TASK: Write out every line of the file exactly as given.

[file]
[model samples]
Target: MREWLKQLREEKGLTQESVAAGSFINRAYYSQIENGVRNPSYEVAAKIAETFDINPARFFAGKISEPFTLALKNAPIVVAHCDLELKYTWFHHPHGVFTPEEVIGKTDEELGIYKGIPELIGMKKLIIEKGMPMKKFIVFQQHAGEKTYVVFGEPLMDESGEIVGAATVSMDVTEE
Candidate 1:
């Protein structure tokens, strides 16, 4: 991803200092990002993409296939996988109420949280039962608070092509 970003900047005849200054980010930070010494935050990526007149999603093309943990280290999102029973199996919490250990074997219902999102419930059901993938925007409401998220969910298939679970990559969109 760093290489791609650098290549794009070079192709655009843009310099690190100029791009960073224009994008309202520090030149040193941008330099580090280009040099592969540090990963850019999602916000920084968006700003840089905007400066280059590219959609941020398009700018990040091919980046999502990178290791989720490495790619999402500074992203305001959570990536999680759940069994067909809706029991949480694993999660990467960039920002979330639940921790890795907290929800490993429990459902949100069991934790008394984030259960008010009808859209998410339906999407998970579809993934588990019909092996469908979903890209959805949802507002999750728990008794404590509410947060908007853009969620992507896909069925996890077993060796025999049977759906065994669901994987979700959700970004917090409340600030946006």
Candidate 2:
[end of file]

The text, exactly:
[model samples]
Target: MREWLKQLREEKGLTQESVAAGSFINRAYYSQIENGVRNPSYEVAAKIAETFDINPARFFAGKISEPFTLALKNAPIVVAHCDLELKYTWFHHPHGVFTPEEVIGKTDEELGIYKGIPELIGMKKLIIEKGMPMKKFIVFQQHAGEKTYVVFGEPLMDESGEIVGAATVSMDVTEE
Candidate 1:
């Protein structure tokens, strides 16, 4: 991803200092990002993409296939996988109420949280039962608070092509 970003900047005849200054980010930070010494935050990526007149999603093309943990280290999102029973199996919490250990074997219902999102419930059901993938925007409401998220969910298939679970990559969109 760093290489791609650098290549794009070079192709655009843009310099690190100029791009960073224009994008309202520090030149040193941008330099580090280009040099592969540090990963850019999602916000920084968006700003840089905007400066280059590219959609941020398009700018990040091919980046999502990178290791989720490495790619999402500074992203305001959570990536999680759940069994067909809706029991949480694993999660990467960039920002979330639940921790890795907290929800490993429990459902949100069991934790008394984030259960008010009808859209998410339906999407998970579809993934588990019909092996469908979903890209959805949802507002999750728990008794404590509410947060908007853009969620992507896909069925996890077993060796025999049977759906065994669901994987979700959700970004917090409340600030946006």
Candidate 2: